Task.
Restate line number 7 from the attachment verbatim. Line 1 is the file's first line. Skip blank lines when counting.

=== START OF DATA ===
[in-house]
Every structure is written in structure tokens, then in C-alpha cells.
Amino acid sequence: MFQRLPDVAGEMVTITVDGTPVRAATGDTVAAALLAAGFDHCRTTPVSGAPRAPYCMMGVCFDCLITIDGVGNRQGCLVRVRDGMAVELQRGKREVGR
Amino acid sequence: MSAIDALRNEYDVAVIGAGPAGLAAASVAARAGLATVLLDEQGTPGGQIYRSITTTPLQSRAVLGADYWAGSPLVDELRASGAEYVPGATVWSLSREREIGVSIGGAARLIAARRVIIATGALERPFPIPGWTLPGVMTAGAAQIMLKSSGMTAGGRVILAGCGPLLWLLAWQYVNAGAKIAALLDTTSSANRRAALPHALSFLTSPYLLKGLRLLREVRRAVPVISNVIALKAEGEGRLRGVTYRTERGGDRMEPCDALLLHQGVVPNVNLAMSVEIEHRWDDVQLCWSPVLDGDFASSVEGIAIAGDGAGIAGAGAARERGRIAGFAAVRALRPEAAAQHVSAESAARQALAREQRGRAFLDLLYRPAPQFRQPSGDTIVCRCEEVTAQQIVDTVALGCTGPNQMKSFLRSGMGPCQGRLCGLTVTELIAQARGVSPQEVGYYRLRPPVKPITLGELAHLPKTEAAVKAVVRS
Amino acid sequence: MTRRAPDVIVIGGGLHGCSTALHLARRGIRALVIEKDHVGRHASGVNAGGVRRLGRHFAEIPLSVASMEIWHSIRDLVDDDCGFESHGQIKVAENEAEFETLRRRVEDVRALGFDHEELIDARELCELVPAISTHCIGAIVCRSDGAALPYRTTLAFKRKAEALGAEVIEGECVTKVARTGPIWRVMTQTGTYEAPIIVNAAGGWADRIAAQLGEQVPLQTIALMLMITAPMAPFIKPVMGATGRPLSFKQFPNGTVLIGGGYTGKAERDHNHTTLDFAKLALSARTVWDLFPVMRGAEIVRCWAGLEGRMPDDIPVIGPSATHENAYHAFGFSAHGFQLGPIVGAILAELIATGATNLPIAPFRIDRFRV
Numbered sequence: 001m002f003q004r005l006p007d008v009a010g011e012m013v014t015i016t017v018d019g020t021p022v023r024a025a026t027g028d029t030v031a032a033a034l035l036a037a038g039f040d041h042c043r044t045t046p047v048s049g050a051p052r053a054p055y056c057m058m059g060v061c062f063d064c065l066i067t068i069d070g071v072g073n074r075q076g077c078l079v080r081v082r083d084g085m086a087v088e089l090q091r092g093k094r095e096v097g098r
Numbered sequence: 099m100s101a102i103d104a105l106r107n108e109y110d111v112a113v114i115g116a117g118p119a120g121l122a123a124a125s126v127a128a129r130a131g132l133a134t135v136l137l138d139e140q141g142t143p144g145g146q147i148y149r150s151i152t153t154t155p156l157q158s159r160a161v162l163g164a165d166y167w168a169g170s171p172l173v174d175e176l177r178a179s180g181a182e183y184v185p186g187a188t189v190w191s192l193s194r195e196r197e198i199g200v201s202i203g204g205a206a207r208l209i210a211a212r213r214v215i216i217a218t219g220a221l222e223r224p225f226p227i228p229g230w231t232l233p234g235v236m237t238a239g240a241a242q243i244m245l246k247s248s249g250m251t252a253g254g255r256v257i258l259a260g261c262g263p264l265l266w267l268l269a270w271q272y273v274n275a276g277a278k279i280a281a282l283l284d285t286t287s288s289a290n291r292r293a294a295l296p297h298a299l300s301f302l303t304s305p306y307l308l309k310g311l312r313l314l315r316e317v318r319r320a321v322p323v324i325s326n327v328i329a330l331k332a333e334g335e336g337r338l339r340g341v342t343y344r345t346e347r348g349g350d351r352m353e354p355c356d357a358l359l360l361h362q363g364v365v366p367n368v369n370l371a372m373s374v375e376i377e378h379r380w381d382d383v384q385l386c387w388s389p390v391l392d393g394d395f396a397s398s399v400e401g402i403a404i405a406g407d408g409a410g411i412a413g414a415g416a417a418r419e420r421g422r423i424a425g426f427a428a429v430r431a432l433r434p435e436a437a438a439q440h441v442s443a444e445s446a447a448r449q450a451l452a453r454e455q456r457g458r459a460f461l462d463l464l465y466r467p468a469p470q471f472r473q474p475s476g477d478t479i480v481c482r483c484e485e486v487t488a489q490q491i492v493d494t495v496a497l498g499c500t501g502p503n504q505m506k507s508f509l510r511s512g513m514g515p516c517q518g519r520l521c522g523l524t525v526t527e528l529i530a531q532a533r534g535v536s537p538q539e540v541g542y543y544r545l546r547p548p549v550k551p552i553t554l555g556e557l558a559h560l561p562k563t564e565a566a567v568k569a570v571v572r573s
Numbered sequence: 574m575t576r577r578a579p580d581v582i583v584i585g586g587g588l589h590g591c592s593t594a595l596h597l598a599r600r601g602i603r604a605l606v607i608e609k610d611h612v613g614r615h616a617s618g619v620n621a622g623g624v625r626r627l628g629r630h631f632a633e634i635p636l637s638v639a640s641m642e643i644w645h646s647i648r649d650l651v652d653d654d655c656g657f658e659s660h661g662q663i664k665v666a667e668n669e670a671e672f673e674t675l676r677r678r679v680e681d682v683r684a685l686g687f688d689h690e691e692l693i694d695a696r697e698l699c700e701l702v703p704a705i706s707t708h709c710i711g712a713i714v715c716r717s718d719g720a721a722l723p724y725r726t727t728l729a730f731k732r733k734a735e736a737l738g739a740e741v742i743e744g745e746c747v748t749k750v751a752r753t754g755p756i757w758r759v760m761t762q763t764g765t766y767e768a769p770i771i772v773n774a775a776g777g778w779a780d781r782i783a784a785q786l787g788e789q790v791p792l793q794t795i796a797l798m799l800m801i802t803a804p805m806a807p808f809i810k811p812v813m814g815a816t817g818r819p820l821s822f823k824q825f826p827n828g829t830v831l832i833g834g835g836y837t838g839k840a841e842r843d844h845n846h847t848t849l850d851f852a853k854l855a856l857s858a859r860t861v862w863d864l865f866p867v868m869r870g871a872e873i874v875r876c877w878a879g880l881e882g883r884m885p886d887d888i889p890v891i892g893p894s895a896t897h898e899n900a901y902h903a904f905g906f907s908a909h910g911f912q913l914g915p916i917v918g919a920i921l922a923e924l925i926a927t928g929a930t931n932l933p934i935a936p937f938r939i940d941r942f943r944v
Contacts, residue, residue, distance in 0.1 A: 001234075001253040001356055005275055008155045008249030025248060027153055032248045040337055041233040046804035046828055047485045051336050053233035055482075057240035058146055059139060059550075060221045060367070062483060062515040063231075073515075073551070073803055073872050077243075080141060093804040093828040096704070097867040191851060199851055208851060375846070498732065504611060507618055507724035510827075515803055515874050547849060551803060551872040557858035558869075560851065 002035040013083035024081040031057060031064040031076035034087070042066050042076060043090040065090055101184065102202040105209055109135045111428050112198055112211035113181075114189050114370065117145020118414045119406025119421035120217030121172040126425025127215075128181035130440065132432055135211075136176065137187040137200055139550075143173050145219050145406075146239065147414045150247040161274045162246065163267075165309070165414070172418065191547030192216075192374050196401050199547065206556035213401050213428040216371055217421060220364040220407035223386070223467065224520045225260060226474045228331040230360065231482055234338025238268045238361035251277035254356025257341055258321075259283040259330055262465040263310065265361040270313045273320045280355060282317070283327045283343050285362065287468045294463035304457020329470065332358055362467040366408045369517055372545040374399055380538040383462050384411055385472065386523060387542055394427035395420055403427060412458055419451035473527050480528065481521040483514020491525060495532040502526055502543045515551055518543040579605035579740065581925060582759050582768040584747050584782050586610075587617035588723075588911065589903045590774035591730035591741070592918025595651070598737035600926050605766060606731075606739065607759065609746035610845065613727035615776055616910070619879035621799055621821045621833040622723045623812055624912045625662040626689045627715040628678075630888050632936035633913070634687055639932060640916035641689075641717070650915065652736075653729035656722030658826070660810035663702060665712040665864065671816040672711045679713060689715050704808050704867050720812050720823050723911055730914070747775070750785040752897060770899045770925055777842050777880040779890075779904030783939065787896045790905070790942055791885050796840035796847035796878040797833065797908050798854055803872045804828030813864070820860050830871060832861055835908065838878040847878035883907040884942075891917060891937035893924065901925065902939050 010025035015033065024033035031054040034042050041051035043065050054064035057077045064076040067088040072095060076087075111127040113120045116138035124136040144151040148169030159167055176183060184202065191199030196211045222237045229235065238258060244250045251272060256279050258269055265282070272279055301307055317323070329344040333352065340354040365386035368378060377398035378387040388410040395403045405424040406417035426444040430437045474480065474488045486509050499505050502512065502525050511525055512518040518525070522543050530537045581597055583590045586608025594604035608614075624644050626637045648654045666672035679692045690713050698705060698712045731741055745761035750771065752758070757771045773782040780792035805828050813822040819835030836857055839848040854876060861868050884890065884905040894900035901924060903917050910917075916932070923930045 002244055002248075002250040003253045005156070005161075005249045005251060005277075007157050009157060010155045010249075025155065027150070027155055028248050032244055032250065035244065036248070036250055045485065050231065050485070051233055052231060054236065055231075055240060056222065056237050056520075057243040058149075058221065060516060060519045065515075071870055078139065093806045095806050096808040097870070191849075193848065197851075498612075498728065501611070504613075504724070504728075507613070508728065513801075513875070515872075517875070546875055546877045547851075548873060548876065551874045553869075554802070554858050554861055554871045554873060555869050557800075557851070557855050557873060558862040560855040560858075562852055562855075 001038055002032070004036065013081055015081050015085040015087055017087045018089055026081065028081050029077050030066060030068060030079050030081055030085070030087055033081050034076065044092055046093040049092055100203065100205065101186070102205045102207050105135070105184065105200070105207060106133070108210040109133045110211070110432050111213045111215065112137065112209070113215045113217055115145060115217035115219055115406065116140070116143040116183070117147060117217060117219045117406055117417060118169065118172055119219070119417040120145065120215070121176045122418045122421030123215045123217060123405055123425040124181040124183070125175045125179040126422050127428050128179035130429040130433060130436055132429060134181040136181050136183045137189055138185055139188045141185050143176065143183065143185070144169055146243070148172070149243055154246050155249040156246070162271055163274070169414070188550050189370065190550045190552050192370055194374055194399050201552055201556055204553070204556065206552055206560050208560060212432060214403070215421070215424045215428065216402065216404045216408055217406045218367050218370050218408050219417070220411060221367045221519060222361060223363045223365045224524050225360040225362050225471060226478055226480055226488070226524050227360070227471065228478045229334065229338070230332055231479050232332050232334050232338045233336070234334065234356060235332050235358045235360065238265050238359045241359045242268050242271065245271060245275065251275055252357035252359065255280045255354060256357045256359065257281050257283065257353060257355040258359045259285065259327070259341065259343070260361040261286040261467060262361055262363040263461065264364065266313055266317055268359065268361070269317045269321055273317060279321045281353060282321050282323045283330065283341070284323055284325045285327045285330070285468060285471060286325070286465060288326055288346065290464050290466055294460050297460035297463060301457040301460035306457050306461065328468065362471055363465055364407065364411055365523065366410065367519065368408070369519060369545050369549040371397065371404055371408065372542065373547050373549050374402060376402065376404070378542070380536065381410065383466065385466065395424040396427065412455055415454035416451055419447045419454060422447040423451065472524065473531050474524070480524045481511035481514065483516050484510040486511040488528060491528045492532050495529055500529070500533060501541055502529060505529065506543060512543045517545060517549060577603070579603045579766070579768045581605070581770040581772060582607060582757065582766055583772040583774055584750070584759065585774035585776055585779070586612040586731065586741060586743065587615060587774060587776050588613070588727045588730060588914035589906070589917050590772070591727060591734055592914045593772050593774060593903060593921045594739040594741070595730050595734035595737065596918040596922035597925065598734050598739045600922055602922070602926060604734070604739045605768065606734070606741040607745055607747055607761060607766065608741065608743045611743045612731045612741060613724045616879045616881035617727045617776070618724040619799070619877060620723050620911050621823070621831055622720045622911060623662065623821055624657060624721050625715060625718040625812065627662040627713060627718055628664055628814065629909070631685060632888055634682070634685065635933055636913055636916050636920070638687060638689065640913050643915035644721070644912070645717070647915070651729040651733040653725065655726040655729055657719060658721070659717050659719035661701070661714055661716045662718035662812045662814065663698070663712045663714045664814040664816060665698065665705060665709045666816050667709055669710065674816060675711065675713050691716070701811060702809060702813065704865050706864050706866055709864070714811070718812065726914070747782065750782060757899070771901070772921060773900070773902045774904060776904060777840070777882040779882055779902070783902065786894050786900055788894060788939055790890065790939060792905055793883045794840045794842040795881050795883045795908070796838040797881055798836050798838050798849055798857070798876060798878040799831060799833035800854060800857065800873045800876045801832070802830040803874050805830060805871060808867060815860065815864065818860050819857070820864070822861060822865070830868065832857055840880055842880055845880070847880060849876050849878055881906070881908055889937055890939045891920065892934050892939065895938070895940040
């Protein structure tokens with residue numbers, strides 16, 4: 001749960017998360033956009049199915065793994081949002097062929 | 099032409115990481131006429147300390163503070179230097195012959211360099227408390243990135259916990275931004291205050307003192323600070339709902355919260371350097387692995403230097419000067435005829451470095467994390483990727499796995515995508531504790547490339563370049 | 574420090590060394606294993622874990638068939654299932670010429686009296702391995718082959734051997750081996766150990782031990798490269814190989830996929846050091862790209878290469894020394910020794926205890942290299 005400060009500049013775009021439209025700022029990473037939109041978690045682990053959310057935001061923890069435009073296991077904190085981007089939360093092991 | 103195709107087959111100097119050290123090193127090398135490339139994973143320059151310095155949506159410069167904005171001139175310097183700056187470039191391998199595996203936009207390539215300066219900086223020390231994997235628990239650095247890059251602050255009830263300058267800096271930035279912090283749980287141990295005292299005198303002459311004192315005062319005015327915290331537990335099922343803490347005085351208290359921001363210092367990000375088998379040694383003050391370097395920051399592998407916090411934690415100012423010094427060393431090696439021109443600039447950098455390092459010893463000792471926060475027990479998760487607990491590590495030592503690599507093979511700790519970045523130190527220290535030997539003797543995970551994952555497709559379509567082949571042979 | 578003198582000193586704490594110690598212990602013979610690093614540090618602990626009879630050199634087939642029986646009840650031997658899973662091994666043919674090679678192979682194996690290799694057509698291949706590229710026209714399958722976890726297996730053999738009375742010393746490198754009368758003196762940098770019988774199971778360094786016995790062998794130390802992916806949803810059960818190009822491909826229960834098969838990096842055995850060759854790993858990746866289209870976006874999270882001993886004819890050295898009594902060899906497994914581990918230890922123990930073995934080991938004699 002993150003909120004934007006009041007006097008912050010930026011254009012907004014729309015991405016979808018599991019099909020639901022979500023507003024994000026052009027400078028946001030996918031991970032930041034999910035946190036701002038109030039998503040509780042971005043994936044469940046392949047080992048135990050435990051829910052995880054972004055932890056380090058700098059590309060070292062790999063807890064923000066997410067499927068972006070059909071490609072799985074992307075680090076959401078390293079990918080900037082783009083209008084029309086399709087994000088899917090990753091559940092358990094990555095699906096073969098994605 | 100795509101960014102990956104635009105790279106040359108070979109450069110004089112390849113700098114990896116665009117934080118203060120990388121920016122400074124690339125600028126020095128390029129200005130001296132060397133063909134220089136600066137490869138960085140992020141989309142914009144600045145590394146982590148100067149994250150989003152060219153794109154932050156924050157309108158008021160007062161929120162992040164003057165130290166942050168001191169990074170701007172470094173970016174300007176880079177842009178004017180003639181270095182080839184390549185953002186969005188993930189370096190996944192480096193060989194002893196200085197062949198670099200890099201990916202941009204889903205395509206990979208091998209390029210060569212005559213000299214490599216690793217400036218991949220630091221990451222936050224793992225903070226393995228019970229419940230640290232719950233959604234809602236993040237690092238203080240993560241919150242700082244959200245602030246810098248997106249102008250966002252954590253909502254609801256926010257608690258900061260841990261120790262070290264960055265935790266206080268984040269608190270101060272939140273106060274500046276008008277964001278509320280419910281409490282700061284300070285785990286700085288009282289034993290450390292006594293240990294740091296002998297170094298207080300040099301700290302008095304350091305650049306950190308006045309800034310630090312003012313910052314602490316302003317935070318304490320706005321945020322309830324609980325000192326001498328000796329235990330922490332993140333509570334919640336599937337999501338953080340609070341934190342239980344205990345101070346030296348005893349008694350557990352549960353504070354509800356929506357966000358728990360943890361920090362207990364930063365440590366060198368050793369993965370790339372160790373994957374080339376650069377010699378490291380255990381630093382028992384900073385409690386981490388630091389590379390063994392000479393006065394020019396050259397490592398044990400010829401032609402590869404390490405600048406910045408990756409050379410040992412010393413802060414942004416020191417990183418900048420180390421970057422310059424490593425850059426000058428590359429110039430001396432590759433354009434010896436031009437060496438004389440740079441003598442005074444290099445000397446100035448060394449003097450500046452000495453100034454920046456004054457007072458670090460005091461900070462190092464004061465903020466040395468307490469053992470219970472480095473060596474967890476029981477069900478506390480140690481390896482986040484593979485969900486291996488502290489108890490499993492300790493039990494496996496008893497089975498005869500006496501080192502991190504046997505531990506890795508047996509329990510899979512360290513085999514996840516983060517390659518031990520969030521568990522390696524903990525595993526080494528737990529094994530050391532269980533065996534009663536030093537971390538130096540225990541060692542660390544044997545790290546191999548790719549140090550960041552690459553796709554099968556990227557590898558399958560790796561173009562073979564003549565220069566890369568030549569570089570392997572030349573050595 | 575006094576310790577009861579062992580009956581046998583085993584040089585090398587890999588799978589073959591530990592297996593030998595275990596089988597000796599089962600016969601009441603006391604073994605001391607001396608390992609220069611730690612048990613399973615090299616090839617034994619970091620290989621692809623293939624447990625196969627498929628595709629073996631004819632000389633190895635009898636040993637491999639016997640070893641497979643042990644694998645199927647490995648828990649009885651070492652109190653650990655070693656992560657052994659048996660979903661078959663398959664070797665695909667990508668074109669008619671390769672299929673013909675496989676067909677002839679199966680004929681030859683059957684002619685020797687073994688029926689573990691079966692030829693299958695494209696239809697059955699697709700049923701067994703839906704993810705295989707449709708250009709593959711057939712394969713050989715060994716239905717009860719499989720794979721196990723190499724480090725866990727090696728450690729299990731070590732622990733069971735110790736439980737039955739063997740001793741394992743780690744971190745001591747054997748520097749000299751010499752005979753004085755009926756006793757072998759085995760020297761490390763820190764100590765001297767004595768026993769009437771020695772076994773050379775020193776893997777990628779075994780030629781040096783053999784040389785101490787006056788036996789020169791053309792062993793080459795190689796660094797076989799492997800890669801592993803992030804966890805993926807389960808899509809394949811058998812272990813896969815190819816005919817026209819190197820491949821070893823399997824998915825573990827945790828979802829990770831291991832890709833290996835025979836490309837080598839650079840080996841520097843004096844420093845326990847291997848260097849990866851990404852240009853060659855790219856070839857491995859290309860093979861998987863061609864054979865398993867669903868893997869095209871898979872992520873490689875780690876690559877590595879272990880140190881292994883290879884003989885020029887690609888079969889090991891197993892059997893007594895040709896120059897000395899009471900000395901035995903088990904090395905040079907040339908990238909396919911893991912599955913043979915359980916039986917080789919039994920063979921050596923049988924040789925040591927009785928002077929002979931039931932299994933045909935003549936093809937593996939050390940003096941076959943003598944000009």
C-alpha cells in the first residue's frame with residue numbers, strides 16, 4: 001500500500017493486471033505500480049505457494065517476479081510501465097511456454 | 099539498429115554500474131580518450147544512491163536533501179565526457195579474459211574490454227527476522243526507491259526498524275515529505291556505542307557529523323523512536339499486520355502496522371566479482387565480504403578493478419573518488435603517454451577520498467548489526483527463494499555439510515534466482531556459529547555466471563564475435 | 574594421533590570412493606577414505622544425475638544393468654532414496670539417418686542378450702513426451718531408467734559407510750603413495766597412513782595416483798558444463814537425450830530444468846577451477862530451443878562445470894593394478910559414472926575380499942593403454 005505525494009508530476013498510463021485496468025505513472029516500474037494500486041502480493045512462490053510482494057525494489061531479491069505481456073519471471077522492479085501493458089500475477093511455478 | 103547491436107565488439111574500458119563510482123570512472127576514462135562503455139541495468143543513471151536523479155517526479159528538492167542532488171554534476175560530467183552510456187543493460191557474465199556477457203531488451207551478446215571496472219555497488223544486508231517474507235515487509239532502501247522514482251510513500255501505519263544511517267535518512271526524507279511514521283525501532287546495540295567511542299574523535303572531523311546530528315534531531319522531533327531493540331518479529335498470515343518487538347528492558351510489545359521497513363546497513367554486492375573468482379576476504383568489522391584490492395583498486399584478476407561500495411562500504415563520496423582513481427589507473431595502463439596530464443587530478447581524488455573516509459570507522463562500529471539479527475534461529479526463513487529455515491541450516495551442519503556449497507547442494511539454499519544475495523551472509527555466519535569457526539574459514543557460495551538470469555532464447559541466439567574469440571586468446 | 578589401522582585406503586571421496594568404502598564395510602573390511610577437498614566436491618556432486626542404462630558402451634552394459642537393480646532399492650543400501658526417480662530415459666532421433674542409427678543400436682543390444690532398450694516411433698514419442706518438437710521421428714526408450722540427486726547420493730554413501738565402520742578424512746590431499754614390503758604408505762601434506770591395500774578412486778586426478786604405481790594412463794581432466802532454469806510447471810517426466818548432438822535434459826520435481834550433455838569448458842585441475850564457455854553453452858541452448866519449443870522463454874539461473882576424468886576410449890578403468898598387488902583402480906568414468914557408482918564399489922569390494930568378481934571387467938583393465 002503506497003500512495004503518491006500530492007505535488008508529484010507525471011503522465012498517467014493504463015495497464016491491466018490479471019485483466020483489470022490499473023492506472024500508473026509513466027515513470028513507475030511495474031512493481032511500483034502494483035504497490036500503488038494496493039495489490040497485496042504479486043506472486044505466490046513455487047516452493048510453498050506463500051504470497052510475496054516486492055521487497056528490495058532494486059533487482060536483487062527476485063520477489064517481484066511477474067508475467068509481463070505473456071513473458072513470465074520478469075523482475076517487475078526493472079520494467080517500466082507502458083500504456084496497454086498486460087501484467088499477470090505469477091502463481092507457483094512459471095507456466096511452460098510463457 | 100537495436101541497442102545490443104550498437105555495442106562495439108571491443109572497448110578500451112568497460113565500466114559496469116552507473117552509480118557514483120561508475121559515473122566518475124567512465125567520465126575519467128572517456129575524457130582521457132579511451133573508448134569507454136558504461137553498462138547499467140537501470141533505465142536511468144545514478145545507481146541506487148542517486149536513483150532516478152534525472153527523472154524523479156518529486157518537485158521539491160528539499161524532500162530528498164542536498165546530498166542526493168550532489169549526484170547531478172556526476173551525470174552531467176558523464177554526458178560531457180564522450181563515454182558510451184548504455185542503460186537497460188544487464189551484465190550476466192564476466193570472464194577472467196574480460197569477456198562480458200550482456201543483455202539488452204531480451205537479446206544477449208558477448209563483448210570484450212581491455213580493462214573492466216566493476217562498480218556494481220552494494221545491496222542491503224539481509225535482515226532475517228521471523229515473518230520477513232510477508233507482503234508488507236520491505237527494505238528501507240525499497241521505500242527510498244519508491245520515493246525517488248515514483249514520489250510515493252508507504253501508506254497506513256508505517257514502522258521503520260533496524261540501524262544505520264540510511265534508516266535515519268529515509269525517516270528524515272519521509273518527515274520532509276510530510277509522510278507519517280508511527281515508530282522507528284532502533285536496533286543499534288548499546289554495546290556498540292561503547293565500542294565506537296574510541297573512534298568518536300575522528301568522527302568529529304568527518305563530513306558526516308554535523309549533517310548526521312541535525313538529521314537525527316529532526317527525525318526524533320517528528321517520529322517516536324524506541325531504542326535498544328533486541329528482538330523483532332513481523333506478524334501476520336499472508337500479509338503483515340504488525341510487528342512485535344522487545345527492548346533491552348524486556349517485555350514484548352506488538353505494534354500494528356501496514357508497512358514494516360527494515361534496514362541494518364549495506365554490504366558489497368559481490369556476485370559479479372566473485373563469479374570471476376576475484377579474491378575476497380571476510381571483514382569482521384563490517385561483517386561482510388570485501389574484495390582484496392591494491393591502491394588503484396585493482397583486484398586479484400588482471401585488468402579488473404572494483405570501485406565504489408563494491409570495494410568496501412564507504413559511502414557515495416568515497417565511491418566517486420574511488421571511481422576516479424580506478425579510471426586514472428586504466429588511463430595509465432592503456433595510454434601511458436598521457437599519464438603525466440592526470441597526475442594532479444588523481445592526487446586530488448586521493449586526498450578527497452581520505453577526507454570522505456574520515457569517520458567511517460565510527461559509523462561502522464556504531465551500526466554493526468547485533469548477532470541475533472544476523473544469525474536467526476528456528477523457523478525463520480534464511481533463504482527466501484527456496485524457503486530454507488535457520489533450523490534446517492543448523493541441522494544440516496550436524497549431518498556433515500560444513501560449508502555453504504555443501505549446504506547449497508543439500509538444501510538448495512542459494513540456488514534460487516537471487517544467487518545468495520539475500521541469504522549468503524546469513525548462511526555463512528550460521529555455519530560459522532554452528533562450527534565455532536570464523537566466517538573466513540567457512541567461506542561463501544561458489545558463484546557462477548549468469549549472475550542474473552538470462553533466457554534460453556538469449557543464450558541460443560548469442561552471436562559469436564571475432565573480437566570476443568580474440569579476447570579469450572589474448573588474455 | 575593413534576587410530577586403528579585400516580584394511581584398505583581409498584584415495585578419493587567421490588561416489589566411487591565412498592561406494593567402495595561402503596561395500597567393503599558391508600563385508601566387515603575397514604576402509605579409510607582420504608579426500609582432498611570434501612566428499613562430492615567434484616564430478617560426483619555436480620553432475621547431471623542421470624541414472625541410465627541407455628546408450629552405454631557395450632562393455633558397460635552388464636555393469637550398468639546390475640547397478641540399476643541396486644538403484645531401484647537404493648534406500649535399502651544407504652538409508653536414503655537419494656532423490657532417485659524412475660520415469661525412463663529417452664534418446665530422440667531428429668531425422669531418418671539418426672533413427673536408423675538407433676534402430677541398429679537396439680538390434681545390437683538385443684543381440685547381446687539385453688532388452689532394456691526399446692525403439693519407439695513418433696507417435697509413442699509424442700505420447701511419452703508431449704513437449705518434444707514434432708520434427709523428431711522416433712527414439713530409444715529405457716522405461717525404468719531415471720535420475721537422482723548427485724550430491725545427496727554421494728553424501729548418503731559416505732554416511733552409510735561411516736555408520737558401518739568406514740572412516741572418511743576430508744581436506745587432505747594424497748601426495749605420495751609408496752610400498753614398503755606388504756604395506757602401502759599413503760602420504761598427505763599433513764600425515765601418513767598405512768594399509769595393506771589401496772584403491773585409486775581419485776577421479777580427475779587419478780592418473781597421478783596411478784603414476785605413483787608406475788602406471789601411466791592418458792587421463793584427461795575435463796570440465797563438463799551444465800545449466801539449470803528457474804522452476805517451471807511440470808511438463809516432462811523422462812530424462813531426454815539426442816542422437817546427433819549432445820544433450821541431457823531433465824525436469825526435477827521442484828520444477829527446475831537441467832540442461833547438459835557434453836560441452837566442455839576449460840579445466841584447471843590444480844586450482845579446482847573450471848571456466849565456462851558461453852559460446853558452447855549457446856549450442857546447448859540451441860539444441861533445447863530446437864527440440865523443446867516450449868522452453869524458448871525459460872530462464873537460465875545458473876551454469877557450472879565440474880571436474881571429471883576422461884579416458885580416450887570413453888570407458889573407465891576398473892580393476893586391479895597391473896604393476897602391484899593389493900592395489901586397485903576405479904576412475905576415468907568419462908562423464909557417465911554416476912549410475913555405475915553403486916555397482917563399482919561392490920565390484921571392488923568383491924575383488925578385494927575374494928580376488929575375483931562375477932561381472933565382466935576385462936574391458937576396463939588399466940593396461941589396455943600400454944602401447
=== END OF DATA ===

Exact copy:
Numbered sequence: 099m100s101a102i103d104a105l106r107n108e109y110d111v112a113v114i115g116a117g118p119a120g121l122a123a124a125s126v127a128a129r130a131g132l133a134t135v136l137l138d139e140q141g142t143p144g145g146q147i148y149r150s151i152t153t154t155p156l157q158s159r160a161v162l163g164a165d166y167w168a169g170s171p172l173v174d175e176l177r178a179s180g181a182e183y184v185p186g187a188t189v190w191s192l193s194r195e196r197e198i199g200v201s202i203g204g205a206a207r208l209i210a211a212r213r214v215i216i217a218t219g220a221l222e223r224p225f226p227i228p229g230w231t232l233p234g235v236m237t238a239g240a241a242q243i244m245l246k247s248s249g250m251t252a253g254g255r256v257i258l259a260g261c262g263p264l265l266w267l268l269a270w271q272y273v274n275a276g277a278k279i280a281a282l283l284d285t286t287s288s289a290n291r292r293a294a295l296p297h298a299l300s301f302l303t304s305p306y307l308l309k310g311l312r313l314l315r316e317v318r319r320a321v322p323v324i325s326n327v328i329a330l331k332a333e334g335e336g337r338l339r340g341v342t343y344r345t346e347r348g349g350d351r352m353e354p355c356d357a358l359l360l361h362q363g364v365v366p367n368v369n370l371a372m373s374v375e376i377e378h379r380w381d382d383v384q385l386c387w388s389p390v391l392d393g394d395f396a397s398s399v400e401g402i403a404i405a406g407d408g409a410g411i412a413g414a415g416a417a418r419e420r421g422r423i424a425g426f427a428a429v430r431a432l433r434p435e436a437a438a439q440h441v442s443a444e445s446a447a448r449q450a451l452a453r454e455q456r457g458r459a460f461l462d463l464l465y466r467p468a469p470q471f472r473q474p475s476g477d478t479i480v481c482r483c484e485e486v487t488a489q490q491i492v493d494t495v496a497l498g499c500t501g502p503n504q505m506k507s508f509l510r511s512g513m514g515p516c517q518g519r520l521c522g523l524t525v526t527e528l529i530a531q532a533r534g535v536s537p538q539e540v541g542y543y544r545l546r547p548p549v550k551p552i553t554l555g556e557l558a559h560l561p562k563t564e565a566a567v568k569a570v571v572r573s